Big Week, Smaller Numbers

Last week offered a limitless buffet of economic updates for those who cannot resist offers of all-you-can-eat! The Fed released minutes, the ECB held a meeting, the IMF came out with new projections, and for dessert large U.S. banks were grilled by Congress. The options were overwhelming!

But what to eat? Our pick of the news were IMF projections cooked up with a wide array of ingredients. The major points of their outlook are: after strong growth in 2017 and early 2018, economic growth slowed in the second half of 2018. After a few quarters of weakness, growth is set to stabilize by 2H19. However, despite the better news, most risks are still tilted to the downside.

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Global economic activity decelerated notably in the second half of last year due to well-known events. China slowed after enacting regulatory tightening to rein in their shadow banking system in conjunction with an increase in trade tensions with the United States, the euro area lost speed as consumer and business confidence weakened, car production in Germany turned down and Italian sovereign spreads widened. Overall financial conditions tightening as markets sold off at the end of 2018. Because of these events, the IMF reduced 2019 global growth forecasts to 3.3%, with advanced economies down to a smaller 1.8%.

The just released IMF global economic forecasts now indicate the possibility for a small increase in global growth in 2020. This improvement is correlated with the Fed’s pause on rate hikes, China offering some stimulus, improvements in global financial markets sentiment, and the anticipated stabilization in Europe as China (a major export market for Europe) turns the corner. Still, growth will not be uniform with advanced economies still weakening into 2020 and global economic improvements coming from emerging markets and developing economies.

Despite the expectation for global economic stability and some modest growth, the warning of risks to the downside and still slower growth in advanced economies does not make you want to save room for dessert. The litany of risks prompting caution include a further escalation of trade tensions, a sharp deterioration in market sentiment like in the 4th quarter, a reassessment of the Fed’s pause due to the reemergence of inflation, a no-deal Brexit and continued political discord due to rising inequality and the rise of populism.

Maybe it’s best to just skip dessert.

Sources: IMF, Bloomberg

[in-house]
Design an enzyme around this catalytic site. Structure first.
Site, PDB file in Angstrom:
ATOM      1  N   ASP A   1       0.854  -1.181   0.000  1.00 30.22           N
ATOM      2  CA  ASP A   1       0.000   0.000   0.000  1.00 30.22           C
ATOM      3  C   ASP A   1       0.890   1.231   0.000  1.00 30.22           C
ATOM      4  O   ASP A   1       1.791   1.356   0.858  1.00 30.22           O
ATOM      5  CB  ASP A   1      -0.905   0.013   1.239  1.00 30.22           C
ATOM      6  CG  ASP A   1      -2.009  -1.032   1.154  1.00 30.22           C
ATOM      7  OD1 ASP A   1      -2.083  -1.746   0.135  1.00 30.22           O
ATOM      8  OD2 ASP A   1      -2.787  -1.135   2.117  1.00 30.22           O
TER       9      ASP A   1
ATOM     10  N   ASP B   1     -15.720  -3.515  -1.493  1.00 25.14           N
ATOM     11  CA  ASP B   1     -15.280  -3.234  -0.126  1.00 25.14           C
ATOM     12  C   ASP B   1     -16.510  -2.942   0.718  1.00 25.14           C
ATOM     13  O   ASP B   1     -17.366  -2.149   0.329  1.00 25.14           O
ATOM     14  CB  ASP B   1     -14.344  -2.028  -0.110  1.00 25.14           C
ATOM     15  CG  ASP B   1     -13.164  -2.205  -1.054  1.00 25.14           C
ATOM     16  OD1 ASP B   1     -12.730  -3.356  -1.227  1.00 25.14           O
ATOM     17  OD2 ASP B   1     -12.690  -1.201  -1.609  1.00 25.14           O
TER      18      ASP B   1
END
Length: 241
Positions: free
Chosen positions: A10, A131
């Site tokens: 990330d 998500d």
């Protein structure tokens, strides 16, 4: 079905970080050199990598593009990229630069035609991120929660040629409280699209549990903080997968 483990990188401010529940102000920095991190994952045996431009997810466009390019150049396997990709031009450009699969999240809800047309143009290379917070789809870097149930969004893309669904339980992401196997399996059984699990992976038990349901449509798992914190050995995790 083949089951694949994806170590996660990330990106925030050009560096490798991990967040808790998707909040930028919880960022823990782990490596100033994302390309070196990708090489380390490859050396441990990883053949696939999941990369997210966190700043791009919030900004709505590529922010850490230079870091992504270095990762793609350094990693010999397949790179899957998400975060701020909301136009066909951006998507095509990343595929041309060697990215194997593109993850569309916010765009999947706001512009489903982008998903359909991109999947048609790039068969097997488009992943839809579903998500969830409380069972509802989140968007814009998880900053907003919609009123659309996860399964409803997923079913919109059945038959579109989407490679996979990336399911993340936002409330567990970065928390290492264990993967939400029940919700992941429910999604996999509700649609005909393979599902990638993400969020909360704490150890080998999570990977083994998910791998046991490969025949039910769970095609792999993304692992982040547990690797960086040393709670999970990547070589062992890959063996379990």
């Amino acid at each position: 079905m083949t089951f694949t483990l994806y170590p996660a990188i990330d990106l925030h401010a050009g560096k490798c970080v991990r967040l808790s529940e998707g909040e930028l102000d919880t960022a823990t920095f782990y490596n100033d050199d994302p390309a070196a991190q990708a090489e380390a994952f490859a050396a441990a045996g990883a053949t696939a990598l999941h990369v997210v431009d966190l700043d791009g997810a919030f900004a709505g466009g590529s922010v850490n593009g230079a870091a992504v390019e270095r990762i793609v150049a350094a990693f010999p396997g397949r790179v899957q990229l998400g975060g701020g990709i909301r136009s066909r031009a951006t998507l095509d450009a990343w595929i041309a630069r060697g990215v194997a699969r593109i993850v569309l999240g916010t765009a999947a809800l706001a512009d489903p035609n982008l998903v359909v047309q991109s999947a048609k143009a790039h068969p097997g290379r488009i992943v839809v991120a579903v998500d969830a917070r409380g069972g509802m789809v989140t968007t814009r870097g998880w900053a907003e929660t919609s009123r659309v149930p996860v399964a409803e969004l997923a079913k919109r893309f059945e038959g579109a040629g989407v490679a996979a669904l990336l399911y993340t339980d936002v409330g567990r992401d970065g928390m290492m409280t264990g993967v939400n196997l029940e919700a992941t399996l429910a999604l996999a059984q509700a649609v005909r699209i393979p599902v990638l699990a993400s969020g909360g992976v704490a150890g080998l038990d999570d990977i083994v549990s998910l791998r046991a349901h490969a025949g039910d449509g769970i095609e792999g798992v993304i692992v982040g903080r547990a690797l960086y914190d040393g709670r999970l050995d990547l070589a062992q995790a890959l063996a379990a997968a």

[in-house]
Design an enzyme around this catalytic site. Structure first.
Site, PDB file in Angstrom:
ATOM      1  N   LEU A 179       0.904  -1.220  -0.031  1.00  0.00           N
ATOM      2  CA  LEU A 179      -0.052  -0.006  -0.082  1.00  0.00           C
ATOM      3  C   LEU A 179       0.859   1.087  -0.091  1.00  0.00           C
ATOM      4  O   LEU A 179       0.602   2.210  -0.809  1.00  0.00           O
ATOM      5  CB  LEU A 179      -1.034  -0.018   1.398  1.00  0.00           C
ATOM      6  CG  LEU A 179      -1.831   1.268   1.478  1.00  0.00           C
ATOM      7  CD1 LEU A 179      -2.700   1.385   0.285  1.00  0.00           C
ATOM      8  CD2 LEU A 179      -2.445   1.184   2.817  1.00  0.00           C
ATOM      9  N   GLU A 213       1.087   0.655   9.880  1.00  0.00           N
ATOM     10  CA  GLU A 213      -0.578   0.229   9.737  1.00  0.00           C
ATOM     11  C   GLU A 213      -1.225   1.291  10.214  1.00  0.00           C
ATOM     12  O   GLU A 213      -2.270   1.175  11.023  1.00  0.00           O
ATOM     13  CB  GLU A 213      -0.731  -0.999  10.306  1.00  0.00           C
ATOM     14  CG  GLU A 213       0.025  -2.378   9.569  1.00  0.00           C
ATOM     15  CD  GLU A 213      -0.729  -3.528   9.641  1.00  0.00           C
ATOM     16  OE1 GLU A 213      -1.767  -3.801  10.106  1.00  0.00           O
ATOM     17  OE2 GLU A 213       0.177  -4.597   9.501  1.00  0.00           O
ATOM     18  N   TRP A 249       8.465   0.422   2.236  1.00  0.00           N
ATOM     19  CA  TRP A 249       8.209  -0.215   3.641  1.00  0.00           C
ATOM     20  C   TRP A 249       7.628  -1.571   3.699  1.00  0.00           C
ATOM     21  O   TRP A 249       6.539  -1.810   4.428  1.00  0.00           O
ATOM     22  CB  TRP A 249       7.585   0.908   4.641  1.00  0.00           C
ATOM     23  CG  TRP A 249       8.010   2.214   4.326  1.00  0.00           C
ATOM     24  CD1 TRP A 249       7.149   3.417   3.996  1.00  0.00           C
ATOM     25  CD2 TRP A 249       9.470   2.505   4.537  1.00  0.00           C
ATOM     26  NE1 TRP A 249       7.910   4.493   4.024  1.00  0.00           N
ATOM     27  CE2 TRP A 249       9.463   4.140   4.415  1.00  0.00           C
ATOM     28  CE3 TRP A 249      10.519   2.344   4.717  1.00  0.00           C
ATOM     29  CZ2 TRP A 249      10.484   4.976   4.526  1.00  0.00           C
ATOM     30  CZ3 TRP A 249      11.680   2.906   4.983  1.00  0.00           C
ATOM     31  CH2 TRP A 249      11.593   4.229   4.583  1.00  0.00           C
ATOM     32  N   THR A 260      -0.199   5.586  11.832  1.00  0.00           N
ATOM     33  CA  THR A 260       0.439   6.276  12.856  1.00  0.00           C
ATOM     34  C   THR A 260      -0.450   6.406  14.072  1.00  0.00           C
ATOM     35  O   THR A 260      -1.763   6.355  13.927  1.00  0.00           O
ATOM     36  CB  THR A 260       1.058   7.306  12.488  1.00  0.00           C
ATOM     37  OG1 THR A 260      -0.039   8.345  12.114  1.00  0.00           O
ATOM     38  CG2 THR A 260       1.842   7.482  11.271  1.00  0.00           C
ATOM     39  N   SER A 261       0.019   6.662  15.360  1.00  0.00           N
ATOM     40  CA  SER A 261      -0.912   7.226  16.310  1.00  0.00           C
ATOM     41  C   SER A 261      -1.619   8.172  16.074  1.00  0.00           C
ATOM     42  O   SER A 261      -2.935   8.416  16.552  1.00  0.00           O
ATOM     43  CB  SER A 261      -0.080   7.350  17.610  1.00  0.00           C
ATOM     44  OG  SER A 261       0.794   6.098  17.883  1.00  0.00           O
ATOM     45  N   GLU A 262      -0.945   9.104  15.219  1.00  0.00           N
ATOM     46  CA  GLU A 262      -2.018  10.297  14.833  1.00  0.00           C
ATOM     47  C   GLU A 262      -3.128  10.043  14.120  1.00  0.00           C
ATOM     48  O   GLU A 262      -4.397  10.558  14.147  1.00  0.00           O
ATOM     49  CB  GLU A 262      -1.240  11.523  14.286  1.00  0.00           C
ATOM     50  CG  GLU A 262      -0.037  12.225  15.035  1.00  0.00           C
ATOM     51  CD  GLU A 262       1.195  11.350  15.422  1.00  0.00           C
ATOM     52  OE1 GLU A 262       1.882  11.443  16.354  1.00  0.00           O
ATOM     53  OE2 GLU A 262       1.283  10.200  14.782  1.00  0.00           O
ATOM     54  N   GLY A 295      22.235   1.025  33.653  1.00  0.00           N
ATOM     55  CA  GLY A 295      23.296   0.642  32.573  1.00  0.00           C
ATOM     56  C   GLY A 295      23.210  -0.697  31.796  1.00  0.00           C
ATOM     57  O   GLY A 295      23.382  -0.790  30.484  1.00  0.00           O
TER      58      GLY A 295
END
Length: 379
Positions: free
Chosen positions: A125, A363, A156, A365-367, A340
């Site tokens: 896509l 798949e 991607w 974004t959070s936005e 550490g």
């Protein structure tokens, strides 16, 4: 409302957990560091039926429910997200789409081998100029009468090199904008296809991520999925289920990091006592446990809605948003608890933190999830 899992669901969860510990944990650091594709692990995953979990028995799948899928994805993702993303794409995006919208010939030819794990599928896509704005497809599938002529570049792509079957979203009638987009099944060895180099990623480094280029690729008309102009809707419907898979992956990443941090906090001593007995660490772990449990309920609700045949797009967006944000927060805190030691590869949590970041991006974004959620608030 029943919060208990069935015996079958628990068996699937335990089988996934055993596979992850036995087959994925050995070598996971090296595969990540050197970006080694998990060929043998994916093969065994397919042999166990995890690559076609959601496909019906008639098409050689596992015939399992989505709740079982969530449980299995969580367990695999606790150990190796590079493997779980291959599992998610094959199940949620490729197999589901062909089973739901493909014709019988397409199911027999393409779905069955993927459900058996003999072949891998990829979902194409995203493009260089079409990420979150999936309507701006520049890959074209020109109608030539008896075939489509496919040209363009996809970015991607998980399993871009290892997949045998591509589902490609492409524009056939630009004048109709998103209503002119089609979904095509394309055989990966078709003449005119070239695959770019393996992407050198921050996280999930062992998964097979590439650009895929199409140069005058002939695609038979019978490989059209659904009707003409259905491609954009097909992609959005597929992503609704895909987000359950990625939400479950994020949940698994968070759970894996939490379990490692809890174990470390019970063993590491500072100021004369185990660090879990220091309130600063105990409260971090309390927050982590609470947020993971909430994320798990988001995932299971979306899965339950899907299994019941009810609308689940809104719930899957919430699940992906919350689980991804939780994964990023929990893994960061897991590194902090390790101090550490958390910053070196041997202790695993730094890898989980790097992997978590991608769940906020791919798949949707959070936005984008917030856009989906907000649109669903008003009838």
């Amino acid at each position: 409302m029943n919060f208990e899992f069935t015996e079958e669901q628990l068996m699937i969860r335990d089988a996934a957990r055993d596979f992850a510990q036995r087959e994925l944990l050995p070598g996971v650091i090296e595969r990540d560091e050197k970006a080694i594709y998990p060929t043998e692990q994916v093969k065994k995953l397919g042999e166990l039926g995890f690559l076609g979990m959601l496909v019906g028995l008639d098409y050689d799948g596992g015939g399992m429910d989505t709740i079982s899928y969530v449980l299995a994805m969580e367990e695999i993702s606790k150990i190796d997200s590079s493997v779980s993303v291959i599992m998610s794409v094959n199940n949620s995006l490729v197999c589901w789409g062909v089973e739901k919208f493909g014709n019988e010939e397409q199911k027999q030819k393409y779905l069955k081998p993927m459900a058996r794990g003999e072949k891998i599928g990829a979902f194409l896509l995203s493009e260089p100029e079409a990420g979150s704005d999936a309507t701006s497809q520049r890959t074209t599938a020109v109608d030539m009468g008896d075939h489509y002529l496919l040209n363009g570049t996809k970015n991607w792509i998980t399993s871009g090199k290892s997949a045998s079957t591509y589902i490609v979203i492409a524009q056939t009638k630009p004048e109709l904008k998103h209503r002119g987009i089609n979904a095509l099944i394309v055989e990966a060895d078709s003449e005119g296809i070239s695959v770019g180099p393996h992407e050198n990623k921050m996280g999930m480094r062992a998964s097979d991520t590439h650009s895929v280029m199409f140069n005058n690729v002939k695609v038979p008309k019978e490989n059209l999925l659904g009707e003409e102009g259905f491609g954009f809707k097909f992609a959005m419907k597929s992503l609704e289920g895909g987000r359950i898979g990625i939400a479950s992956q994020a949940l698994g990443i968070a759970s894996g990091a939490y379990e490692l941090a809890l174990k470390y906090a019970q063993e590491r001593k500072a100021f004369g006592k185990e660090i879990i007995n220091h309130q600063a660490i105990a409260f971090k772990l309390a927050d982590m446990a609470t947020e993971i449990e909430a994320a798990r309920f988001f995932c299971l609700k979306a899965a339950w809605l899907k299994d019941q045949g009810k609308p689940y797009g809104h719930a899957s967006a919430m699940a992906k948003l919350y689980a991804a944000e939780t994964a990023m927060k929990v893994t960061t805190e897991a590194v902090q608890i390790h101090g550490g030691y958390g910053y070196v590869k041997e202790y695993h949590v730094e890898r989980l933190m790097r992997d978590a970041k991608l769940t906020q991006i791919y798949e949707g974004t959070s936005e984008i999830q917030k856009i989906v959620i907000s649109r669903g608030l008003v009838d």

1Q19: Pivot to Stability or End of Cycle Noise?

What a difference a quarter makes!

Markets pivoted dramatically 1Q19, veering from the expectation rising rates would hurt the stock market and slow the economy to the belief that growth could be extended with a more accommodating Fed and Chinese stimulus. The yield curve flattened as rates declined in the 4th quarter, and then fell further and inverted in the first quarter with the hope of Fed rate cuts. By the end of the first quarter, the one-month Treasury yielded more than the ten-year Treasury. During the same period, corporate credit spreads ballooned 52 bps on economic fears, and then abruptly pivoted and tightened 38 bps with the hope Fed patience could extend economic growth. This is not normal middle of the cycle behavior.

1Q19 Total Return*

1-5yr Index 1-10yr Index Total Market Index

Treasury/Agency 1.21 1.56 2.17

Municipal 1.35 2.09 2.95

Corporate 2.63 3.80 5.01

*ICE/BAML Index Return Data

Munis: Municipals had a great quarter and easily beat treasuries. This outperformance was due to very strong technicals resulting from large flows into mutual funds in conjunction with light supply from issuers. As usual when there are more buyers and fewer sellers, prices go up.

As the price of municipal bonds increase, yields fall. We saw that, for some muni investors in lower tax brackets, lower muni yields made it possible to sell municipals and buy taxable bonds to earn a superior all in after-tax return. This was an important trade in some of our Blend Strategy accounts during the quarter.

Corporates: This was an exceptional first quarter for corporate bonds, with spreads tightening 38 bps. In conjunction with lower interest rates, corporates produced market leading returns.

It appears the markets awoke in 2019 and decided that corporate bonds had become too cheap and that the world was not as scary as it seemed. As the quarter evolved, the Fed moved from patient to dovish, and Chinese stimulus was formally announced on January 14th. However, as soon as all this good news was digested in early February, the rally in spreads started to lose some steam.

It is difficult to see corporates continuing to produce Q1 type excess returns as we move through the rest of the year.